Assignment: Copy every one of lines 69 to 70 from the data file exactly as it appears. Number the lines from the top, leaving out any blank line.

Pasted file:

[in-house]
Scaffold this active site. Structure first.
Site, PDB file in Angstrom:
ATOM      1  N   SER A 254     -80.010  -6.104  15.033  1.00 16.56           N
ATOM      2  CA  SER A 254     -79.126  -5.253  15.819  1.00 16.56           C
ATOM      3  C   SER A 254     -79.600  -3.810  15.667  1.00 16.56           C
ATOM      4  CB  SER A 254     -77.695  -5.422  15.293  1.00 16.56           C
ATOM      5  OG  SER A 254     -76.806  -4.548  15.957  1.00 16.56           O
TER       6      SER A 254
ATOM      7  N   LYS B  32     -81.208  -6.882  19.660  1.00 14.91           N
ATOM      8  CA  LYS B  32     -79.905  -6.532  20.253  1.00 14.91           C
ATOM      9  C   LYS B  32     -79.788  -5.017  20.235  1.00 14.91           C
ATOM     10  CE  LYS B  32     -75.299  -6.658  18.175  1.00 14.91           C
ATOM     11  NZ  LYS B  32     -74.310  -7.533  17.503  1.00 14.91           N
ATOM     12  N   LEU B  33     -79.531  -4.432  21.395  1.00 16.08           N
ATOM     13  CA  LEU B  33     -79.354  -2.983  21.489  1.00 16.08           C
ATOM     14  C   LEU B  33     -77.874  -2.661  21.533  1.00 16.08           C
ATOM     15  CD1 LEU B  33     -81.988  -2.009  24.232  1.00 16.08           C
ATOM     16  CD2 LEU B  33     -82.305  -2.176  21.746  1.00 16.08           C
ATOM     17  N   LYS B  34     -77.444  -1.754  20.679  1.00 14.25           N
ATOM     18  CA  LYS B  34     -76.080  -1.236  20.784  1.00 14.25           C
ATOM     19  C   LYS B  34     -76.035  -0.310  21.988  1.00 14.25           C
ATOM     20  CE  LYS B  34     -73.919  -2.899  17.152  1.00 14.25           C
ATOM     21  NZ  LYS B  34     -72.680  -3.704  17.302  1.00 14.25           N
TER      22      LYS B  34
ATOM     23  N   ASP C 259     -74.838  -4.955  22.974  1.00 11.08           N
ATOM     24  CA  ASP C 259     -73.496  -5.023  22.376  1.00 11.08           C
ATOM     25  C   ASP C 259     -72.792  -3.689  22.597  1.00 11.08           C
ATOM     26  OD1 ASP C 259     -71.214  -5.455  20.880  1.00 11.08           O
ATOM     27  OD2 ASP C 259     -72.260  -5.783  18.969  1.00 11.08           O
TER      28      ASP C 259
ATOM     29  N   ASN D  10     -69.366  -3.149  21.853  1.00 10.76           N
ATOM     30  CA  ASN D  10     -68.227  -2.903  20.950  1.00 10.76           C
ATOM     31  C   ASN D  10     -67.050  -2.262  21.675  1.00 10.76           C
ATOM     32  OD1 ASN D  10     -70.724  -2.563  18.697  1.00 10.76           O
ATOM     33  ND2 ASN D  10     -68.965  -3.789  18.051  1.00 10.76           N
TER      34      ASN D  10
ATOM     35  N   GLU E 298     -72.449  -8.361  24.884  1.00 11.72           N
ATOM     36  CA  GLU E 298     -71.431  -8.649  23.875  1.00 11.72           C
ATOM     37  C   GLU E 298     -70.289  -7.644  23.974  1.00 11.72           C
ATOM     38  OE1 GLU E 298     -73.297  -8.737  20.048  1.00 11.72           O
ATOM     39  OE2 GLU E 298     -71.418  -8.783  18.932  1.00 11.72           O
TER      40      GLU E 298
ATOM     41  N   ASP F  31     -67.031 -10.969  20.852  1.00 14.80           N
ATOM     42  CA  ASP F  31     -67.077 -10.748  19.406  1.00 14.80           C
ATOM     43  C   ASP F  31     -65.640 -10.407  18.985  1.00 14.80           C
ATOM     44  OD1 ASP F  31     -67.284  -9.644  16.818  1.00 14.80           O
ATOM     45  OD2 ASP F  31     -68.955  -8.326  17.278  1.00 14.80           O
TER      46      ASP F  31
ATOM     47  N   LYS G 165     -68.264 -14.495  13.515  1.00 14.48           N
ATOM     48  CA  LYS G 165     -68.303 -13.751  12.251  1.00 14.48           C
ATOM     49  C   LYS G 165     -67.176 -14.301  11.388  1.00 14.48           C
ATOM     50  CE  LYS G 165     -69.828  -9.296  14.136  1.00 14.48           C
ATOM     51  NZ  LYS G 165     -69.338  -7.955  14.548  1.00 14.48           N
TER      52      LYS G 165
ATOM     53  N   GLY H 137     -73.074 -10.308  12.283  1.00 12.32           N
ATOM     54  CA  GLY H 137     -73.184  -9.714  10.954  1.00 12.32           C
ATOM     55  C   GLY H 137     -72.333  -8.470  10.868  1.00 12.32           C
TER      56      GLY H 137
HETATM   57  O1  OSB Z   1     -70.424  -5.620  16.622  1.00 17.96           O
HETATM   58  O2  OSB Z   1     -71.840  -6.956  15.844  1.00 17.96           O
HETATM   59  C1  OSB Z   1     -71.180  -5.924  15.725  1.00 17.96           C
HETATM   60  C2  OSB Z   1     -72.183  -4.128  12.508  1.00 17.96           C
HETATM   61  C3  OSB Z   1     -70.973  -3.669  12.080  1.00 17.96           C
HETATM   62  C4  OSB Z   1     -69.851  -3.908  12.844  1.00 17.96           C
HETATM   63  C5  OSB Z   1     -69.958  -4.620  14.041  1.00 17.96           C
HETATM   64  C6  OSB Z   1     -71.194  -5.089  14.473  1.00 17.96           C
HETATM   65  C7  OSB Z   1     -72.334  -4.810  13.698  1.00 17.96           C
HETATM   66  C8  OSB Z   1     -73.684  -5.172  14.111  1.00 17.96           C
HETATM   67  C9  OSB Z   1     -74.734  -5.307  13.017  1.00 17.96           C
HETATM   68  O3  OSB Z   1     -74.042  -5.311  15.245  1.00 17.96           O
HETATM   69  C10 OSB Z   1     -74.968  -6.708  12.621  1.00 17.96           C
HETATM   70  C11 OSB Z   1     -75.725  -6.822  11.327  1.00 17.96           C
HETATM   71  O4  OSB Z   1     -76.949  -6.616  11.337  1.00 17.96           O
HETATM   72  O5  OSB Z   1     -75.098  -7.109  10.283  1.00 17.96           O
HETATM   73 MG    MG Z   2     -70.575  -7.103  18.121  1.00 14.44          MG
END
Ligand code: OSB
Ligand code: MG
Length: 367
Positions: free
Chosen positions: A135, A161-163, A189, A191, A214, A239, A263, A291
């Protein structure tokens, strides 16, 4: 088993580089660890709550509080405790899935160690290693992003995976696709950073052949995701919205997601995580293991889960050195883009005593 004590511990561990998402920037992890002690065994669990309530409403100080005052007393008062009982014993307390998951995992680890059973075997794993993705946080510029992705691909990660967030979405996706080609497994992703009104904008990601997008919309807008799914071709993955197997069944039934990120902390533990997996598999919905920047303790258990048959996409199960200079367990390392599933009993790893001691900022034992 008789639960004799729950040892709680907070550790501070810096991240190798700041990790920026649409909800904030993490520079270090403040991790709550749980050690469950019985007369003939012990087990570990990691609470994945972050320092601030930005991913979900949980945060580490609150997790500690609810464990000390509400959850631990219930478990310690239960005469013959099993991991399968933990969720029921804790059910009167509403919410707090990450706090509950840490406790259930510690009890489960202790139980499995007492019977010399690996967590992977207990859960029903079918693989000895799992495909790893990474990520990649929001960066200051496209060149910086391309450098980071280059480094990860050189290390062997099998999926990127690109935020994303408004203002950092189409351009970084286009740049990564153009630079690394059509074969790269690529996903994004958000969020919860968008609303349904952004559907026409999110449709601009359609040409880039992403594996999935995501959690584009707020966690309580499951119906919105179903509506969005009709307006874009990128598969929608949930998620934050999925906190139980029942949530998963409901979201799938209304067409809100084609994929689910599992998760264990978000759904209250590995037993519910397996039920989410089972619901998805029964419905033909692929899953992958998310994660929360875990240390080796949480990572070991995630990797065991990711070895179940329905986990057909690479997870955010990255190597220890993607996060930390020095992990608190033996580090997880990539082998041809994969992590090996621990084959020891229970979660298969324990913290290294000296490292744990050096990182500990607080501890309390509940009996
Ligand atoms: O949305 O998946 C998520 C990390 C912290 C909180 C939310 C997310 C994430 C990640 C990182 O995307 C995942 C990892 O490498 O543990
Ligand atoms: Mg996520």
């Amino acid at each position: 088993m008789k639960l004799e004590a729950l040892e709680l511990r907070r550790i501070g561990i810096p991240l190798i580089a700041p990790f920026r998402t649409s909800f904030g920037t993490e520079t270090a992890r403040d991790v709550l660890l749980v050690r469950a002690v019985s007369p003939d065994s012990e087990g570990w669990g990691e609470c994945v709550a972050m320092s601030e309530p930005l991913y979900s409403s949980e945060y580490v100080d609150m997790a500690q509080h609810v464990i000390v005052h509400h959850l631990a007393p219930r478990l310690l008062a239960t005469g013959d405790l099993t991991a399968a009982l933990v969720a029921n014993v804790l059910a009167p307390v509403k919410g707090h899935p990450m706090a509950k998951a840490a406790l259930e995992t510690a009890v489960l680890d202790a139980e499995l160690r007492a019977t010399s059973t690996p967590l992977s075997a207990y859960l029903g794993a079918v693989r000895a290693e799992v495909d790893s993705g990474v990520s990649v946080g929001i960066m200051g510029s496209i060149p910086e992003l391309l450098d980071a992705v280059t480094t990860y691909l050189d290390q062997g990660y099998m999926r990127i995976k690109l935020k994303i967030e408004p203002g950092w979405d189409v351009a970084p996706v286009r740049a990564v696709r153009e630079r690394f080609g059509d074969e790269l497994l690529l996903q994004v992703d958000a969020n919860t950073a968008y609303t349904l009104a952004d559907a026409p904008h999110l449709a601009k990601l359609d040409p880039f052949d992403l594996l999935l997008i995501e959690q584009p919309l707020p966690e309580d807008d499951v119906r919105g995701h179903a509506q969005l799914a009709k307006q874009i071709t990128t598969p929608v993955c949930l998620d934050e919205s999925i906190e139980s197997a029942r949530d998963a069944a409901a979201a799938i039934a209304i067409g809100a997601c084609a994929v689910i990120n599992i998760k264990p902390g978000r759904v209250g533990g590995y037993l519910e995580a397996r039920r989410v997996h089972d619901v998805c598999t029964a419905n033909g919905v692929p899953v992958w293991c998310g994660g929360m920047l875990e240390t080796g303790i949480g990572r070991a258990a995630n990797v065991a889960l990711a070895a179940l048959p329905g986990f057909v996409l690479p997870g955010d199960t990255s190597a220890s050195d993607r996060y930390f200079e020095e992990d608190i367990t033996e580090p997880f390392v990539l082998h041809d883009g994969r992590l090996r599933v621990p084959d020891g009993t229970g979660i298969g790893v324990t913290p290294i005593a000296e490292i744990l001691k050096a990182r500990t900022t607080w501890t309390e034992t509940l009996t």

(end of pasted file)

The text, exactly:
HETATM   66  C8  OSB Z   1     -73.684  -5.172  14.111  1.00 17.96           C
HETATM   67  C9  OSB Z   1     -74.734  -5.307  13.017  1.00 17.96           C